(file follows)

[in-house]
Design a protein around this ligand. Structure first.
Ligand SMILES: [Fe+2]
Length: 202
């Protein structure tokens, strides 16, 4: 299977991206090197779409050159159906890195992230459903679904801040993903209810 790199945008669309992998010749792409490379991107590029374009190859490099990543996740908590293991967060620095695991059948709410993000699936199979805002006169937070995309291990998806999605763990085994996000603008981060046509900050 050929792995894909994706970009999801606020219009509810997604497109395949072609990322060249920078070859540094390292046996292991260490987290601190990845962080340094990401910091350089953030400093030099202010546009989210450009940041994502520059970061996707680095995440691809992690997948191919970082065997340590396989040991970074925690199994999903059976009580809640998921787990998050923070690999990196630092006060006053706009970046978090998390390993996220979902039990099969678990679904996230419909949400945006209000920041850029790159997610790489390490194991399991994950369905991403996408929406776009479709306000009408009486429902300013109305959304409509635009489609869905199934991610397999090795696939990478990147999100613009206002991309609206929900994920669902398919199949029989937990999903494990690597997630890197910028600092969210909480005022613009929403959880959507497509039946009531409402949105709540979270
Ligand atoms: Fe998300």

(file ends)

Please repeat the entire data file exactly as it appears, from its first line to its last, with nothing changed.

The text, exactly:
[in-house]
Design a protein around this ligand. Structure first.
Ligand SMILES: [Fe+2]
Length: 202
């Protein structure tokens, strides 16, 4: 299977991206090197779409050159159906890195992230459903679904801040993903209810 790199945008669309992998010749792409490379991107590029374009190859490099990543996740908590293991967060620095695991059948709410993000699936199979805002006169937070995309291990998806999605763990085994996000603008981060046509900050 050929792995894909994706970009999801606020219009509810997604497109395949072609990322060249920078070859540094390292046996292991260490987290601190990845962080340094990401910091350089953030400093030099202010546009989210450009940041994502520059970061996707680095995440691809992690997948191919970082065997340590396989040991970074925690199994999903059976009580809640998921787990998050923070690999990196630092006060006053706009970046978090998390390993996220979902039990099969678990679904996230419909949400945006209000920041850029790159997610790489390490194991399991994950369905991403996408929406776009479709306000009408009486429902300013109305959304409509635009489609869905199934991610397999090795696939990478990147999100613009206002991309609206929900994920669902398919199949029989937990999903494990690597997630890197910028600092969210909480005022613009929403959880959507497509039946009531409402949105709540979270
Ligand atoms: Fe998300």